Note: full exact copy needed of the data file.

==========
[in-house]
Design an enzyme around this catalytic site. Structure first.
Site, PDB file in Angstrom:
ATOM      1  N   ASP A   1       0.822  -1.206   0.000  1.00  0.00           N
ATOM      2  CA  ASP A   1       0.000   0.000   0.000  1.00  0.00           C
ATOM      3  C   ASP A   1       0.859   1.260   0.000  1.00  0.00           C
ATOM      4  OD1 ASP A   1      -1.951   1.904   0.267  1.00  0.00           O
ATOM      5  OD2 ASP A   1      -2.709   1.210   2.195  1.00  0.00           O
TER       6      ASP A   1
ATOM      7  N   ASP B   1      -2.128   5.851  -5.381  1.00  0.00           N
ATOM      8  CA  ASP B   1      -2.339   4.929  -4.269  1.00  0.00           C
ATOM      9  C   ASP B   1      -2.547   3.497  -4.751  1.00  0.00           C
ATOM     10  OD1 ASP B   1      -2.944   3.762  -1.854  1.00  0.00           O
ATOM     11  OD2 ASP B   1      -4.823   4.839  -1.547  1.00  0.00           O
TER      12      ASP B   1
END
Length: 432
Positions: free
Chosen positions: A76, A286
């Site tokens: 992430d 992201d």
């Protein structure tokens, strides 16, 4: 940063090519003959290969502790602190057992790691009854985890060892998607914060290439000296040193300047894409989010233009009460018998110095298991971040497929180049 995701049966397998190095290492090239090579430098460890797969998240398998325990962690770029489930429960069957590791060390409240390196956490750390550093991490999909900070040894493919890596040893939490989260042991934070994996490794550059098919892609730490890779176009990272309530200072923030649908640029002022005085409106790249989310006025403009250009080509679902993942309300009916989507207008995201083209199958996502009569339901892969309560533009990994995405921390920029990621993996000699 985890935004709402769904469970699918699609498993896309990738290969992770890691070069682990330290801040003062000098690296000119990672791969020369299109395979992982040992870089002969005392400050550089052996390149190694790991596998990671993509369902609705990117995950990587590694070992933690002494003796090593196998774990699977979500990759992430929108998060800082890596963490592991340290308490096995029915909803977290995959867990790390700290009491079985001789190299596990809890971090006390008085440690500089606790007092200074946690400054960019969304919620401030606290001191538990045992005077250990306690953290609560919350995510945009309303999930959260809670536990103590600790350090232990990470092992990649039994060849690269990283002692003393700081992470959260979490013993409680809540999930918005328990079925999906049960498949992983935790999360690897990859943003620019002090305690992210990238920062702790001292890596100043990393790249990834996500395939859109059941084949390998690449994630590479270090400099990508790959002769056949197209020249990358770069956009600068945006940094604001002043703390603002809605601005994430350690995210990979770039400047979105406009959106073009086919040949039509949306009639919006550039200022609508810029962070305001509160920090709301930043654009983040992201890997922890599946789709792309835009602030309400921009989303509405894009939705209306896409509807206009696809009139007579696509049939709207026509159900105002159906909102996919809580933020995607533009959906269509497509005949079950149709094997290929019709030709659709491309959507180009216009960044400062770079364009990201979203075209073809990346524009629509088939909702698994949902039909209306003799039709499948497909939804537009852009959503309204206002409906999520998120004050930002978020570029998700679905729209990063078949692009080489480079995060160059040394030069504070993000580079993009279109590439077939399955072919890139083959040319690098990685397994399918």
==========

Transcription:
[in-house]
Design an enzyme around this catalytic site. Structure first.
Site, PDB file in Angstrom:
ATOM      1  N   ASP A   1       0.822  -1.206   0.000  1.00  0.00           N
ATOM      2  CA  ASP A   1       0.000   0.000   0.000  1.00  0.00           C
ATOM      3  C   ASP A   1       0.859   1.260   0.000  1.00  0.00           C
ATOM      4  OD1 ASP A   1      -1.951   1.904   0.267  1.00  0.00           O
ATOM      5  OD2 ASP A   1      -2.709   1.210   2.195  1.00  0.00           O
TER       6      ASP A   1
ATOM      7  N   ASP B   1      -2.128   5.851  -5.381  1.00  0.00           N
ATOM      8  CA  ASP B   1      -2.339   4.929  -4.269  1.00  0.00           C
ATOM      9  C   ASP B   1      -2.547   3.497  -4.751  1.00  0.00           C
ATOM     10  OD1 ASP B   1      -2.944   3.762  -1.854  1.00  0.00           O
ATOM     11  OD2 ASP B   1      -4.823   4.839  -1.547  1.00  0.00           O
TER      12      ASP B   1
END
Length: 432
Positions: free
Chosen positions: A76, A286
């Site tokens: 992430d 992201d």
């Protein structure tokens, strides 16, 4: 940063090519003959290969502790602190057992790691009854985890060892998607914060290439000296040193300047894409989010233009009460018998110095298991971040497929180049 995701049966397998190095290492090239090579430098460890797969998240398998325990962690770029489930429960069957590791060390409240390196956490750390550093991490999909900070040894493919890596040893939490989260042991934070994996490794550059098919892609730490890779176009990272309530200072923030649908640029002022005085409106790249989310006025403009250009080509679902993942309300009916989507207008995201083209199958996502009569339901892969309560533009990994995405921390920029990621993996000699 985890935004709402769904469970699918699609498993896309990738290969992770890691070069682990330290801040003062000098690296000119990672791969020369299109395979992982040992870089002969005392400050550089052996390149190694790991596998990671993509369902609705990117995950990587590694070992933690002494003796090593196998774990699977979500990759992430929108998060800082890596963490592991340290308490096995029915909803977290995959867990790390700290009491079985001789190299596990809890971090006390008085440690500089606790007092200074946690400054960019969304919620401030606290001191538990045992005077250990306690953290609560919350995510945009309303999930959260809670536990103590600790350090232990990470092992990649039994060849690269990283002692003393700081992470959260979490013993409680809540999930918005328990079925999906049960498949992983935790999360690897990859943003620019002090305690992210990238920062702790001292890596100043990393790249990834996500395939859109059941084949390998690449994630590479270090400099990508790959002769056949197209020249990358770069956009600068945006940094604001002043703390603002809605601005994430350690995210990979770039400047979105406009959106073009086919040949039509949306009639919006550039200022609508810029962070305001509160920090709301930043654009983040992201890997922890599946789709792309835009602030309400921009989303509405894009939705209306896409509807206009696809009139007579696509049939709207026509159900105002159906909102996919809580933020995607533009959906269509497509005949079950149709094997290929019709030709659709491309959507180009216009960044400062770079364009990201979203075209073809990346524009629509088939909702698994949902039909209306003799039709499948497909939804537009852009959503309204206002409906999520998120004050930002978020570029998700679905729209990063078949692009080489480079995060160059040394030069504070993000580079993009279109590439077939399955072919890139083959040319690098990685397994399918």